Pregnancy and the workplace.
Pregnancy discrimination happens when an employer treats an applicant or employee unfavorably because they’re pregnant, gave birth to a child, or have a medical condition related to their pregnancy or childbirth.
Despite being against the law, pregnancy discrimination remains a pervasive problem at great personal and professional cost to its victims. Every year, the Equal Employment Opportunity Commission (EEOC) receives thousands of charges related to pregnancy discrimination. Each year, the resolutions cost businesses millions of dollars.
Examples of Pregnancy Discrimination
What does pregnancy discrimination look like? Examples include but aren’t limited to the following:
- Asking a job applicant if they are or intend to become pregnant and then ruling them out because they answered yes
- Telling an employee that their upcoming pregnancy-related leave will delay a project, risking their chance at a promotion
- Requiring an employee to take leave when other effective accommodations are available or no accommodations are needed
- Pressuring an employee to have or not have an abortion
- Making jokes about pregnancy or a pregnant employee’s body (if unwanted and severe or pervasive)
- Denying an employee an opportunity or reducing their role out of concern about health risks
- Requiring an apparently healthy pregnant employee to provide a doctor’s note to prove they can still do their job duties
- Retaliating against an employee for a past pregnancy by terminating them while on parental leave
Laws Against Pregnancy Discrimination
There are two federal laws that specifically protect employees from pregnancy discrimination.
The Pregnancy Discrimination Act (PDA), enacted in 1978, is an amendment to Title VII of the Civil Rights Act of 1964 and applies to private employers with 15 or more employees. It forbids discrimination based on pregnancy when it comes to any aspect of employment, including hiring, firing, pay, job assignments, promotions, layoff, training, fringe benefits such as leave and health insurance, and any other term or condition of employment.
The new Pregnant Workers Fairness Act (PWFA) also applies to employers with 15 or more employees and is effective June 27, 2023. It requires covered employers to provide reasonable accommodations to an employee’s known limitations related to pregnancy, childbirth, or related medical conditions. There is an exception if providing the accommodation would cause an undue hardship (defined as a significant difficulty or expense) on the employer. This law expands employer obligations beyond what was already required by the Americans with Disabilities Act (ADA) because under the PWFA, being entitled to a pregnancy-related accommodation doesn’t require that the employee’s condition rise to the level of disability. Also, employees are entitled to accommodations even if they can’t perform their essential job functions on a temporary basis.
Many state and local laws go above and beyond these two federal laws providing additional protections for pregnant employees, and often these laws apply to employers with a lower employee count. Check the state law pages on the platform for more information.
Employer Obligations Under the PDA and PWFA
You can protect your workplace and your employees from pregnancy discrimination by doing the following:
- If you’re an employer with 15 or more employees, accommodate employees’ and applicants’ known limitations related to pregnancy, childbirth, or related medical conditions. Possible accommodations might include but aren’t limited to providing more frequent or longer breaks, modifying a food or drink policy, providing seating or allowing the employee to sit more frequently if their job requires standing, observing limits on lifting, and providing job restructuring, light duty, or a modified work schedule.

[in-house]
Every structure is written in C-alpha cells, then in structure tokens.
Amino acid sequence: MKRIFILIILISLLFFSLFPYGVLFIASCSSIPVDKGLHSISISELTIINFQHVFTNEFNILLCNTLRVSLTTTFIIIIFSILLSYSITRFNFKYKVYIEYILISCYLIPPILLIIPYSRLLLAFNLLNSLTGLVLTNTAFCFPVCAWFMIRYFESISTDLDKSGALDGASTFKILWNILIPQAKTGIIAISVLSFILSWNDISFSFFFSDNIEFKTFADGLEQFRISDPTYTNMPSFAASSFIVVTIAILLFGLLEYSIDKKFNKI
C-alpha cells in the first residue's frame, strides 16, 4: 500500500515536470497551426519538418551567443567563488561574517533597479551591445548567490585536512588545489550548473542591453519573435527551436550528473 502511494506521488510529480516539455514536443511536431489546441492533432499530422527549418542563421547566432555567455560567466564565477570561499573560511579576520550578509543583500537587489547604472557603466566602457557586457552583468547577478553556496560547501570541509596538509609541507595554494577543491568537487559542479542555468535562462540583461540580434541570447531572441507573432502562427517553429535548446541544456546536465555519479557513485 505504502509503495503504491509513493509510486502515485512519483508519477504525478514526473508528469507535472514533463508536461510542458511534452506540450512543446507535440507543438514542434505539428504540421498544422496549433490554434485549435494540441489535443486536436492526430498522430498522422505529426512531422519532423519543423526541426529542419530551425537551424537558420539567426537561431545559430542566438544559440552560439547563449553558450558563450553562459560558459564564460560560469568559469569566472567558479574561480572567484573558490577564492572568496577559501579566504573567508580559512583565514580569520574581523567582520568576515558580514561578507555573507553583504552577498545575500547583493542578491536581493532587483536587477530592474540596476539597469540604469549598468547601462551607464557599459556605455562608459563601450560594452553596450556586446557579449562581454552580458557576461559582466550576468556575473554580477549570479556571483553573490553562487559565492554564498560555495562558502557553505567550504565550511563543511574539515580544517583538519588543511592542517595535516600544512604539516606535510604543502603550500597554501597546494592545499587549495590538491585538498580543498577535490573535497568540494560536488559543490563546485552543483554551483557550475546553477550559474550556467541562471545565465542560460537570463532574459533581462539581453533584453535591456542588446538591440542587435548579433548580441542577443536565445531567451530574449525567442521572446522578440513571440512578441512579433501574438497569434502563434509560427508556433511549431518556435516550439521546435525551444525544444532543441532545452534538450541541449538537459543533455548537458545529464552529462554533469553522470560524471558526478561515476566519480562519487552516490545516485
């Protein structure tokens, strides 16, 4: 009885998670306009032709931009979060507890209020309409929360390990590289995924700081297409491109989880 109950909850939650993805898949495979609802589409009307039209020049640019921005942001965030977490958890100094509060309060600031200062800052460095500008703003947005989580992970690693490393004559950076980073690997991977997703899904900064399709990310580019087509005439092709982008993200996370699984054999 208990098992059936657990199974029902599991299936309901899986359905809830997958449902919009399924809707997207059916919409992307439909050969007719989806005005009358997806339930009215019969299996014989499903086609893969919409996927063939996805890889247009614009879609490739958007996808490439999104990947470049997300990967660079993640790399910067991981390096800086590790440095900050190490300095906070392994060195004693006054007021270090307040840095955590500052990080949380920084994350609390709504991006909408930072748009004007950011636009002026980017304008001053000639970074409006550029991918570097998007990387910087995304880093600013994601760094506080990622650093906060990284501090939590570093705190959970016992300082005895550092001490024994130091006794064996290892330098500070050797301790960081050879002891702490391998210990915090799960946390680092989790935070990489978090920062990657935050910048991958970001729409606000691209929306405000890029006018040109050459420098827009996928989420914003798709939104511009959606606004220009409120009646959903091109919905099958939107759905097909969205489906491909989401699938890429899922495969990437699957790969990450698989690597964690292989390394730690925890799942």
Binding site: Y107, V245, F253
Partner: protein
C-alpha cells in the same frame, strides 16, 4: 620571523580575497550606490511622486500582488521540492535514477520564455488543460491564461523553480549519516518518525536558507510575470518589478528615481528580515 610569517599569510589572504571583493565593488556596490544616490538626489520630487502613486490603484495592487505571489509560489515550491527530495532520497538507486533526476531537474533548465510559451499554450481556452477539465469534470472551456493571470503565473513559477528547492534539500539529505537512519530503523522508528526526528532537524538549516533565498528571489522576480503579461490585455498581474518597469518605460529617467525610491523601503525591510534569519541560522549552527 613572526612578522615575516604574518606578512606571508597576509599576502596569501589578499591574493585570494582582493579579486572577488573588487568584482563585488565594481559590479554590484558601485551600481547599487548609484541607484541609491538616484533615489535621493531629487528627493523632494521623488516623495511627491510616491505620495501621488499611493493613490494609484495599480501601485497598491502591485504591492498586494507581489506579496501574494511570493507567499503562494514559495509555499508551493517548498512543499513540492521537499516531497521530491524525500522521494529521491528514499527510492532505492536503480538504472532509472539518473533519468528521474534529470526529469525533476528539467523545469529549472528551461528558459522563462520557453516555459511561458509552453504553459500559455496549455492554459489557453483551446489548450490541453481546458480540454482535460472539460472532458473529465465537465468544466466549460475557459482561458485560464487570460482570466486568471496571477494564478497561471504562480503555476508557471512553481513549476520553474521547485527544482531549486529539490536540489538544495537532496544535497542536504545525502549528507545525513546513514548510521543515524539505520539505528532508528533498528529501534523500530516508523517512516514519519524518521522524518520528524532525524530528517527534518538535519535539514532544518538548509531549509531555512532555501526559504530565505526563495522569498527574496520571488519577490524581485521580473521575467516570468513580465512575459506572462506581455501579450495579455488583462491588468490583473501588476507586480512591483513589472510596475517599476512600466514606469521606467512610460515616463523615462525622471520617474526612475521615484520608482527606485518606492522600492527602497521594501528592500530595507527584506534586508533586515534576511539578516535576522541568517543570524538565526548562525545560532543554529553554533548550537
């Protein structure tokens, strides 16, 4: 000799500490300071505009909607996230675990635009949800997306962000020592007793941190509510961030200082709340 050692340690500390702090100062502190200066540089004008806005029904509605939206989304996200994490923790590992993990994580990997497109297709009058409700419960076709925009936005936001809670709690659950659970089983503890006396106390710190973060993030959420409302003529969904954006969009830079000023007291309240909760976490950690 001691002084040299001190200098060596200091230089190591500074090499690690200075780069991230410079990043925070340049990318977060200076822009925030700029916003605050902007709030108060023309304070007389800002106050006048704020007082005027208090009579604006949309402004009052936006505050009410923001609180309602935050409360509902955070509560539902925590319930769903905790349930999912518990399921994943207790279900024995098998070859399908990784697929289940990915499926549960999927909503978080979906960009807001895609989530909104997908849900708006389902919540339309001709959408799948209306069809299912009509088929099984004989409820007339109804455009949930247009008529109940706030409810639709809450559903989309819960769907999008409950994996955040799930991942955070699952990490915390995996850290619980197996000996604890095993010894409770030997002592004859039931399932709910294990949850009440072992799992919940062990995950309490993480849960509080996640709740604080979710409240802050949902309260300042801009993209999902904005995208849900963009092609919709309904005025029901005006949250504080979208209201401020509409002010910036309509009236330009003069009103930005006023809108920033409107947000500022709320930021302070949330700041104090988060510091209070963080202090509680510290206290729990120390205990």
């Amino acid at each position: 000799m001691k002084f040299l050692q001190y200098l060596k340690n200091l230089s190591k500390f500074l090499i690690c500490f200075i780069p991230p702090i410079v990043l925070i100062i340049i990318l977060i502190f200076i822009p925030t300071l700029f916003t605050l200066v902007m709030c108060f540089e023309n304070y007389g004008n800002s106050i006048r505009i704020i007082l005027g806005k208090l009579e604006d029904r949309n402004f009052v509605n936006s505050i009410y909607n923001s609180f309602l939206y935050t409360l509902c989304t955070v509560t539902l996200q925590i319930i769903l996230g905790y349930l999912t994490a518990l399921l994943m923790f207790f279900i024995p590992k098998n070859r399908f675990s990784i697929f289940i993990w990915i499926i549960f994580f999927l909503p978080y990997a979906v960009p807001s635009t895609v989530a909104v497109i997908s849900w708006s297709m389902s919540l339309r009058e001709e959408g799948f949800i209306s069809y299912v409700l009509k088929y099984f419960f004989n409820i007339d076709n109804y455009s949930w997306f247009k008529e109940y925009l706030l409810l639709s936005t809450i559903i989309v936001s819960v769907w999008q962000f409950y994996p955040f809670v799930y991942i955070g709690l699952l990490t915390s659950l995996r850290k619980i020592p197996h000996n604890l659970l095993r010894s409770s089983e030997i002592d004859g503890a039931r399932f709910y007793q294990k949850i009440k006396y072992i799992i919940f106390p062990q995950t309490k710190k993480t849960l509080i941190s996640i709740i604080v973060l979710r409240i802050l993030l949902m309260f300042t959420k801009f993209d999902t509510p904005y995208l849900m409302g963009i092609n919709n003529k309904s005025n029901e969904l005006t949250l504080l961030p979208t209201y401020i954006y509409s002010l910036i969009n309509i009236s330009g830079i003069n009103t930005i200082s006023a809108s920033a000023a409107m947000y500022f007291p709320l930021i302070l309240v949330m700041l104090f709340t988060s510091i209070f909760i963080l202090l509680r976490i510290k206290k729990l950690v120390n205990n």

- Add a pregnancy accommodations policy to your handbook if you don’t already have one.
- If you’re subject to a state or local law that provides similar accommodations, make sure your policy captures the most employee-friendly aspects of all applicable laws.
- Ensure that managers are aware of the law and types of accommodations that may be required.
- Treat pregnant employees just as favorably as other employees.
- Don’t take any adverse action against an employee or applicant for requesting or using an accommodation.
There are other federal laws that may apply to applicants or employees who are, have been, or will be pregnant. A few of these are summarized below.
Under the Providing Urgent Maternal Protections for Nursing Mothers Act (PUMP Act), which amended the Fair Labor Standards Act, most nursing employees have the right to reasonable break time and a place, other than a bathroom, that is shielded from view and free from intrusion to express breast milk while at work. This right is available for up to one year after the child’s birth. While this sounds like the lactation accommodation law that has been around since 2010, the PUMP Act now ensures that exempt employees have these rights as well.
Under the federal Family and Medical Leave Act (FMLA), which applies to employers with 50 or more employees, a new parent (including a foster or adoptive parent) may be eligible for 12 weeks of leave that can be used for care of the new child. Employee eligibility requirements apply.
The Americans with Disabilities Act (ADA), which applies to employers with 15 or more employees, prohibits employers from discriminating against qualified individuals with disabilities—including pregnancy-related disabilities—in job application procedures, hiring, firing, advancement, compensation, job training, and other terms, conditions, and privileges of employment.